Continued from last week

Before we continue, as promised, with the discussion on different types of breathing, allow me to mention a few more conditions (see last week’s TPC) which can contribute to respiratory diseases.

Overcrowding, often associated with poor hygienic conditions, and resultant stress increase both the possibility of infection and the severity of disease signs.  Such conditions that favour the spread of infections may occur in some catteries, kennels, pet shops, boarding facilities, humane shelters, etc.

Both young and aged animals are at special risk of contracting debilitating respiratory disease.  At birth, the respiratory tract is incompletely developed; airways are relatively short and wide, permitting the easy inhalation of noxious agents deep into the respiratory tree.

Now, you remember that last week we began discussing abnormal types of breathing, as we made the distinction between ‘rapid breathing’ (abnormal) and ‘panting’ (the normal process by which the dog lowers its body temperature). Let’s look at some other abnormalities associated with breathing in (inhalation) and breathing out (exhalation).

Wheezing

A wheezing is the whistling sound that one hears when a dog under respiratory distress inhales and exhales. Usually, this whistling sound is associated with a constriction of the windpipe (trachea) or bronchial tubes. Sometimes the sounds are not quite audible, but if one were to place one’s ear on the side of the rib cage, the wheezes are quite distinctly heard. The narrowing of the airways to which I referred, can also be caused by tumours or growths in those areas. Moreover, any long term lung or heart disease would result in the wheezing sounds later on.

An anxious female dog (she has been spayed) waits in hope at the GSPCA that someone will come forward and offer her a good home.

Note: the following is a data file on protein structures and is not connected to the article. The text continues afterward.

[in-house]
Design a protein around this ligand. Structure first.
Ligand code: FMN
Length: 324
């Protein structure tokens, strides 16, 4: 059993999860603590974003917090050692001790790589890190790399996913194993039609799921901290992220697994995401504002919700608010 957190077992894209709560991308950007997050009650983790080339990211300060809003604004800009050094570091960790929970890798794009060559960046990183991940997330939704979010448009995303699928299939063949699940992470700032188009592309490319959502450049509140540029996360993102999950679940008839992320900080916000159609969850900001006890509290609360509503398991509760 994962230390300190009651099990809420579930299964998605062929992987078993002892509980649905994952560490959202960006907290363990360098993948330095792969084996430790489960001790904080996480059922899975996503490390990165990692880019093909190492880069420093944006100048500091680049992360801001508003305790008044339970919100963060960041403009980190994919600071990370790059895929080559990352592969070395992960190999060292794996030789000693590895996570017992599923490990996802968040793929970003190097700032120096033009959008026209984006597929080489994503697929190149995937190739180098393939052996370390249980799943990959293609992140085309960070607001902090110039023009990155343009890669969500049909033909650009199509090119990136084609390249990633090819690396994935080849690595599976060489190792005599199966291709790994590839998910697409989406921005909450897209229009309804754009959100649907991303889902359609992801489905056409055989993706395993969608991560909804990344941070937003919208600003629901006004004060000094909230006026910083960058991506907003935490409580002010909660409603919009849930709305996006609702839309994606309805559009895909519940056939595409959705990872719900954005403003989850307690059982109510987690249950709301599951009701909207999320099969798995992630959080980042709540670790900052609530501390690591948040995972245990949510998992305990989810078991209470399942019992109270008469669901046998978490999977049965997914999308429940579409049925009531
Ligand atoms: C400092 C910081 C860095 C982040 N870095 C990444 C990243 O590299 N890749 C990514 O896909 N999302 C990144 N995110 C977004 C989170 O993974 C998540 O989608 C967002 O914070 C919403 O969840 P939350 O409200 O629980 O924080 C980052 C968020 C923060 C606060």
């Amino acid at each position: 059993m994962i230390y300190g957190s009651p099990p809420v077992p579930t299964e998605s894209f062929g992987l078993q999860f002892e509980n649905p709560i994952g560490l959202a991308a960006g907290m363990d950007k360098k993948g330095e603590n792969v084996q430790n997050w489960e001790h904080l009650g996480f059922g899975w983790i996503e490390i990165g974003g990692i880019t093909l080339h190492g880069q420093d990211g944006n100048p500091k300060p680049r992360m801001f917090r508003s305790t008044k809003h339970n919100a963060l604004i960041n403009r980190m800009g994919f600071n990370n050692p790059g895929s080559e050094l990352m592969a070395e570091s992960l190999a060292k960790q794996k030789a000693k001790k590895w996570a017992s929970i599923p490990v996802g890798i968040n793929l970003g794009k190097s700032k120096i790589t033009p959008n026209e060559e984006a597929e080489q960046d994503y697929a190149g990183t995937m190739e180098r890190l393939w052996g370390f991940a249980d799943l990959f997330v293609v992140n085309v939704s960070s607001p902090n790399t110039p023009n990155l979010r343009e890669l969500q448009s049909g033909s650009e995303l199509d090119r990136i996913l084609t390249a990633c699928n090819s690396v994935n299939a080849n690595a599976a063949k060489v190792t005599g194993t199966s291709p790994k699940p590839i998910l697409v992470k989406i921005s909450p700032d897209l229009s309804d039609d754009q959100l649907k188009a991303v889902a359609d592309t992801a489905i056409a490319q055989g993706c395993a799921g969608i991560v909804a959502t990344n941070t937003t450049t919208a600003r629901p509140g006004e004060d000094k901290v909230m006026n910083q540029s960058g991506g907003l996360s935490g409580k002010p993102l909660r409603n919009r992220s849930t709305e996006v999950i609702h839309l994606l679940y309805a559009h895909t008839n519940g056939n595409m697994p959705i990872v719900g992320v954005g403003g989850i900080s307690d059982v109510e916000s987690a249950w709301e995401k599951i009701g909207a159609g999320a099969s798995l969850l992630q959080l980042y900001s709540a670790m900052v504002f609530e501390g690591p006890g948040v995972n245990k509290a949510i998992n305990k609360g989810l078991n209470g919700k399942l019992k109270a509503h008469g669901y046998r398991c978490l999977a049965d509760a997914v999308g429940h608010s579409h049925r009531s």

In some breeds, wheezing and noisy breathing are especially pronounced. Those dogs with the short  snouts (you know, the ones that look as if they ran into a wall, mouth first), eg, Bulldogs, Pekinese, Pugs and even Boxers, often exhibit wheezing sounds, even snoring and snorting. The airway obstruction which leads to these sounds was actually created when the breeders of yore decided it would be cute to produce dogs with mashed-in faces. In creating these faces, the area of the soft palate became proportionally enlarged; this, in turn, partially blocks the opening into the voice box. The poor dog now has to live with this man-made malady (all in the name of ‘cuteness,’ even though ‘vanity’ might be the more appropriate term).

The wheezing/snorting or croupy breathing becomes more audible when the animal undergoes excessive physical stress or when the environment is extremely hot. Also, as the dog becomes older, the condition is exaggerated. The animal often begins to breathe through the mouth, especially if the nostrils collapse (as can happen in the breeds with ‘pushed-in’ faces).

Of course, if a dog has distemper and the nostrils are pasted/blocked up with purulent (pus) discharge, the laboured breathing will be accompanied by a wheezing sound. Similarly, ailments like laryngitis or kennel cough or spasms of the larynx or bronchitis or asthma, etc, (in fact, any malady that affects the breathing tubes), will result in abnormal breathing with varying degrees of accompanying noise, as the animal inhales and exhales. We will deal with these specific ailments in more detail next week.

Shallow
breathing

I should mention that there are certain conditions, which restrict the movement of the rib cage. If the dog is feeling pain (eg, as with a rib fracture or a severe bronchitis) as he breathes in and out, he tends to breathe less deeply (shallow breathing). Fluid in the chest (blood in the chest cavity, for example) would cause restricted, shallow breathing. Just before a dog expires, the breathing becomes extremely shallow.

Please implement disease preventative measures (vaccinations, routine dewormings, monthly anti-heartworm medication, etc) and adopt-a-pet from the GSPCA’s Animal Clinic and Shelter at Robb Street and Orange Walk, if you have the wherewithal to care well for the animals.  Do not stray your unwanted pets, take them to the GSPCA’s Clinic and Shelter instead. If you do not wish your pet to have puppies or kittens, you may exploit the GSPCA’s free spay and neutering programme. If you see anyone being cruel to an animal, or if you need any technical information, please get in touch with the Clinic and Shelter by calling 226-4237.

Around the Web

Comments